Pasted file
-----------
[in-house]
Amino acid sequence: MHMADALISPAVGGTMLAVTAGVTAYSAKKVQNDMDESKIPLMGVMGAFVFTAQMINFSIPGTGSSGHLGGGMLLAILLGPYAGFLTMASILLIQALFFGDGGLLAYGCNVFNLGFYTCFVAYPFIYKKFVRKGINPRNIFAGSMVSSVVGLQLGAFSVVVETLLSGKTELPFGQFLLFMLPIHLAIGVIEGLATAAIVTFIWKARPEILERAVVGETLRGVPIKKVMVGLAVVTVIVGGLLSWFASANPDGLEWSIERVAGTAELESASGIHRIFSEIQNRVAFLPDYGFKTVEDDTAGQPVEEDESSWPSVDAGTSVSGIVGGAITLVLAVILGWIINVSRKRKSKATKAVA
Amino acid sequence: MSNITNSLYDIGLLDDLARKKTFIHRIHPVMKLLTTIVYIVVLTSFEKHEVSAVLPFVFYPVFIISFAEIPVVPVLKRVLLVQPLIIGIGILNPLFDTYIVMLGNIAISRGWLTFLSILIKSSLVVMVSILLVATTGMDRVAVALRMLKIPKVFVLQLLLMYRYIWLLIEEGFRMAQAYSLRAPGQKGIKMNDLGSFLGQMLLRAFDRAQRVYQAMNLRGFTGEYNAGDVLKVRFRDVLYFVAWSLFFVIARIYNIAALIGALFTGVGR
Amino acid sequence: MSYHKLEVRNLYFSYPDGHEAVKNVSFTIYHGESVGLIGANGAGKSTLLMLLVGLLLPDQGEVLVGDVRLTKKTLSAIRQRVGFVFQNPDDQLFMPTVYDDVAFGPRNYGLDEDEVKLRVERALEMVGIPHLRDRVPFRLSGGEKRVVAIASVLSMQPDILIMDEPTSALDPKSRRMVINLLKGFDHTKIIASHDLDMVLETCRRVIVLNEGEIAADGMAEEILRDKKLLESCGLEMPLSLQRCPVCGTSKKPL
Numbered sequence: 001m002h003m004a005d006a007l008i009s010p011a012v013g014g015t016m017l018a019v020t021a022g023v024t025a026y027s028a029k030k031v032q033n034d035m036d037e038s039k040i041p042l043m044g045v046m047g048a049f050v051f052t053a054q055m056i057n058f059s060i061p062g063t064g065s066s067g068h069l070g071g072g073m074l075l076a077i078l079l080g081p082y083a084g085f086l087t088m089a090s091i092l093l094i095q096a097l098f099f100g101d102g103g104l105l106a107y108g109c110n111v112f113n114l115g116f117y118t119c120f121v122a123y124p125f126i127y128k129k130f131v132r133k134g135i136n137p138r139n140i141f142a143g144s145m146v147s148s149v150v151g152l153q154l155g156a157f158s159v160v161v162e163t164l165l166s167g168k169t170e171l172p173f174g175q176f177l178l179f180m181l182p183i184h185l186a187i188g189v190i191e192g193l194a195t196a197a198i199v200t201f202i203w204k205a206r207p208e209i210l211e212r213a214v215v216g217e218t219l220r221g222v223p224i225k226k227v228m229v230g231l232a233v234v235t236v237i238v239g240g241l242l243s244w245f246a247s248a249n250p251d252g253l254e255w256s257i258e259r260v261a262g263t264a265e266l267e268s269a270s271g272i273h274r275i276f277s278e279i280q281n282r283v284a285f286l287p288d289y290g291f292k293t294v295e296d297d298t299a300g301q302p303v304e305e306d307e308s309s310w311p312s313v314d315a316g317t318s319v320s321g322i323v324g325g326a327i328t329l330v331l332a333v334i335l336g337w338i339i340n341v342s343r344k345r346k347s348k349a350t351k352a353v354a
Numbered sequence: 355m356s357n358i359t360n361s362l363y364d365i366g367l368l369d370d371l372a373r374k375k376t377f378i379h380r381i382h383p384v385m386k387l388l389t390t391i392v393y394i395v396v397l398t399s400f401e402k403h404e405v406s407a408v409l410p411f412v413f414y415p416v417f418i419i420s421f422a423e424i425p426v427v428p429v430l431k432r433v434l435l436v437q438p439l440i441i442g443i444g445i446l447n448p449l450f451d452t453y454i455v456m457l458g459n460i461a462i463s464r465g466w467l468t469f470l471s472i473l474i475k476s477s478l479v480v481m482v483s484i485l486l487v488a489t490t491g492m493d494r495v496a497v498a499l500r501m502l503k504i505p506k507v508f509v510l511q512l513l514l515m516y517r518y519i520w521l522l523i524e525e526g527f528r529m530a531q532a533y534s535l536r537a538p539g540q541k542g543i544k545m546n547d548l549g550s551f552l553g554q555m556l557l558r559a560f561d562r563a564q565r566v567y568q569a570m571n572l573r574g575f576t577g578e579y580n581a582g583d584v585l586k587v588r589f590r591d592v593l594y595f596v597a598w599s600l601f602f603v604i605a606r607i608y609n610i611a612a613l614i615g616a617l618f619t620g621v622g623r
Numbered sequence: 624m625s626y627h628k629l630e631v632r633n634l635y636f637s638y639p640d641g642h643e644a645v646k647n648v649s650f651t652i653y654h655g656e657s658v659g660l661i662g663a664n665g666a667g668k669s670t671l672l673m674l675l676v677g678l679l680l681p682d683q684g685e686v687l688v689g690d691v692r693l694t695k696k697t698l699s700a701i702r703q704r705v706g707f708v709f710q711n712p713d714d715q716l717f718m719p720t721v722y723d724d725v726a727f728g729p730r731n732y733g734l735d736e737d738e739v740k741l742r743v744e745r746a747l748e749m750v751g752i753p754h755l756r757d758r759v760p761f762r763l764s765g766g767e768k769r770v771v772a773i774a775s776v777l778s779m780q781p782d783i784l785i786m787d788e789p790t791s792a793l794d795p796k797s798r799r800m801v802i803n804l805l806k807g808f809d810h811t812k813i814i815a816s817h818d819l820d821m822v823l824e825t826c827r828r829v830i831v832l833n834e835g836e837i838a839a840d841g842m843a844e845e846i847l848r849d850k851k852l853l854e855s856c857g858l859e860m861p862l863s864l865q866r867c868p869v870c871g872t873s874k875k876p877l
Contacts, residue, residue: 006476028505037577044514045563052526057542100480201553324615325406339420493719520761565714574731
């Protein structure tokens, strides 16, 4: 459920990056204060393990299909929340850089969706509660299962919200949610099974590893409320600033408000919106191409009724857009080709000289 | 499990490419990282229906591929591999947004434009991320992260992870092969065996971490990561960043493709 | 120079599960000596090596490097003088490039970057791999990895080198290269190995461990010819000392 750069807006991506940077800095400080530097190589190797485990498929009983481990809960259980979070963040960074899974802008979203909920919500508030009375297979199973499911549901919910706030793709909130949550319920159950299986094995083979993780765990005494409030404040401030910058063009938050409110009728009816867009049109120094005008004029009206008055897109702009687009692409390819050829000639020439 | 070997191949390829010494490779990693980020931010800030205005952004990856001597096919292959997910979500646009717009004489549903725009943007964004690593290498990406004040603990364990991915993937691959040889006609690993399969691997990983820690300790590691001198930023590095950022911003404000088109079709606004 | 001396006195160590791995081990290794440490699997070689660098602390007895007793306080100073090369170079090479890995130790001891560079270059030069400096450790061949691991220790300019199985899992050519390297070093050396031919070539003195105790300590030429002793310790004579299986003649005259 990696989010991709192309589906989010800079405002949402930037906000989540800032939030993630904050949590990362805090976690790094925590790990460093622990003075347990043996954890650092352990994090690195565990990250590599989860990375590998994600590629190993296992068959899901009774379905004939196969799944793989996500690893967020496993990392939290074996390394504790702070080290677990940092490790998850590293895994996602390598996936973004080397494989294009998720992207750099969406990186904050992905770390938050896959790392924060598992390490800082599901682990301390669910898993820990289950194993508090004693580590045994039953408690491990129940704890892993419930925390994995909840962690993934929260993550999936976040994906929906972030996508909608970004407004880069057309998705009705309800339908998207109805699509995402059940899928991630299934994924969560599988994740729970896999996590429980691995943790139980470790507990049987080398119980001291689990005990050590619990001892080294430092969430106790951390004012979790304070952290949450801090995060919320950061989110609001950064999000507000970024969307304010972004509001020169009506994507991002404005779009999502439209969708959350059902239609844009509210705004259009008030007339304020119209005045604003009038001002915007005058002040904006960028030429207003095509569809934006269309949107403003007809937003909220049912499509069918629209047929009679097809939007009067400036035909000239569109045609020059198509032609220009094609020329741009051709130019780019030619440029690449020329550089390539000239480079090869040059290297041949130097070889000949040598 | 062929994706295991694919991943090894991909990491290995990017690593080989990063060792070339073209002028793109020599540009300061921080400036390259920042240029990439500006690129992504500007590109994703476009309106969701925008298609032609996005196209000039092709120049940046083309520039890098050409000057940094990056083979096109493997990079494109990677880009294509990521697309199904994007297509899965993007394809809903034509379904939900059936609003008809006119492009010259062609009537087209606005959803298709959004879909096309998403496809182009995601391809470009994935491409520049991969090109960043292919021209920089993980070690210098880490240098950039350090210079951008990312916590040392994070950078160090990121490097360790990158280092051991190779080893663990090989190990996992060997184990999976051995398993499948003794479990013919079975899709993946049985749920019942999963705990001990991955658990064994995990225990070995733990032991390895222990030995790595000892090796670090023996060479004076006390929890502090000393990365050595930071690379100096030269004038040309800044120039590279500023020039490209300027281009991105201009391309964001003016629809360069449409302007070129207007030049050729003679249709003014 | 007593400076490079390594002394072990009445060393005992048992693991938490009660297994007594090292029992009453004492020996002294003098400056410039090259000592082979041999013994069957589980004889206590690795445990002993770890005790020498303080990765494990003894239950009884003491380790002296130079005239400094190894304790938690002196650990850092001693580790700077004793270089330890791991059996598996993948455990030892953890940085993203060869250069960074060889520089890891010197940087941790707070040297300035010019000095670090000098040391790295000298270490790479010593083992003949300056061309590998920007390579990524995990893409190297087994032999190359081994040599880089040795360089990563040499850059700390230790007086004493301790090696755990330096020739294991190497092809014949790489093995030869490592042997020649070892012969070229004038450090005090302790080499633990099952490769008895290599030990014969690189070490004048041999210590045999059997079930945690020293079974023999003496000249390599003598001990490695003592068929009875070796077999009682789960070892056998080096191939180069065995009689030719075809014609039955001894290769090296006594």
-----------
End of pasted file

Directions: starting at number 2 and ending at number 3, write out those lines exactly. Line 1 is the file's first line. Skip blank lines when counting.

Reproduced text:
Amino acid sequence: MHMADALISPAVGGTMLAVTAGVTAYSAKKVQNDMDESKIPLMGVMGAFVFTAQMINFSIPGTGSSGHLGGGMLLAILLGPYAGFLTMASILLIQALFFGDGGLLAYGCNVFNLGFYTCFVAYPFIYKKFVRKGINPRNIFAGSMVSSVVGLQLGAFSVVVETLLSGKTELPFGQFLLFMLPIHLAIGVIEGLATAAIVTFIWKARPEILERAVVGETLRGVPIKKVMVGLAVVTVIVGGLLSWFASANPDGLEWSIERVAGTAELESASGIHRIFSEIQNRVAFLPDYGFKTVEDDTAGQPVEEDESSWPSVDAGTSVSGIVGGAITLVLAVILGWIINVSRKRKSKATKAVA
Amino acid sequence: MSNITNSLYDIGLLDDLARKKTFIHRIHPVMKLLTTIVYIVVLTSFEKHEVSAVLPFVFYPVFIISFAEIPVVPVLKRVLLVQPLIIGIGILNPLFDTYIVMLGNIAISRGWLTFLSILIKSSLVVMVSILLVATTGMDRVAVALRMLKIPKVFVLQLLLMYRYIWLLIEEGFRMAQAYSLRAPGQKGIKMNDLGSFLGQMLLRAFDRAQRVYQAMNLRGFTGEYNAGDVLKVRFRDVLYFVAWSLFFVIARIYNIAALIGALFTGVGR